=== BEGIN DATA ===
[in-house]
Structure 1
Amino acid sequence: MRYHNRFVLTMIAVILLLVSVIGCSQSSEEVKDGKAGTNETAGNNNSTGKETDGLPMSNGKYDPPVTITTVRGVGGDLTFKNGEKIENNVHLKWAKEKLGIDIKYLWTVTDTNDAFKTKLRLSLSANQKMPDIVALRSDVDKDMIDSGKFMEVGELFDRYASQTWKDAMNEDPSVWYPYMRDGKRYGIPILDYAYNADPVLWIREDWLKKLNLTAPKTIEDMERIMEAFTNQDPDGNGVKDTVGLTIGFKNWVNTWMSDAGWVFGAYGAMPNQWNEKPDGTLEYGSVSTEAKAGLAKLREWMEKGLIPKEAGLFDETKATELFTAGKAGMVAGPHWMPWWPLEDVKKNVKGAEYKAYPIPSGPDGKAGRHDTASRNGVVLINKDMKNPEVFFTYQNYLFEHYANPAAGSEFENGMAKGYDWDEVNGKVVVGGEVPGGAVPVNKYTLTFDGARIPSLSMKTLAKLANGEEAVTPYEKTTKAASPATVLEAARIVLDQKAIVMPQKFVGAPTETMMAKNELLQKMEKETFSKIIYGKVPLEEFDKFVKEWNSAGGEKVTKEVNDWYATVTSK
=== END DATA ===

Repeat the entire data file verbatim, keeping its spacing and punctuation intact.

[in-house]
Structure 1
Amino acid sequence: MRYHNRFVLTMIAVILLLVSVIGCSQSSEEVKDGKAGTNETAGNNNSTGKETDGLPMSNGKYDPPVTITTVRGVGGDLTFKNGEKIENNVHLKWAKEKLGIDIKYLWTVTDTNDAFKTKLRLSLSANQKMPDIVALRSDVDKDMIDSGKFMEVGELFDRYASQTWKDAMNEDPSVWYPYMRDGKRYGIPILDYAYNADPVLWIREDWLKKLNLTAPKTIEDMERIMEAFTNQDPDGNGVKDTVGLTIGFKNWVNTWMSDAGWVFGAYGAMPNQWNEKPDGTLEYGSVSTEAKAGLAKLREWMEKGLIPKEAGLFDETKATELFTAGKAGMVAGPHWMPWWPLEDVKKNVKGAEYKAYPIPSGPDGKAGRHDTASRNGVVLINKDMKNPEVFFTYQNYLFEHYANPAAGSEFENGMAKGYDWDEVNGKVVVGGEVPGGAVPVNKYTLTFDGARIPSLSMKTLAKLANGEEAVTPYEKTTKAASPATVLEAARIVLDQKAIVMPQKFVGAPTETMMAKNELLQKMEKETFSKIIYGKVPLEEFDKFVKEWNSAGGEKVTKEVNDWYATVTSK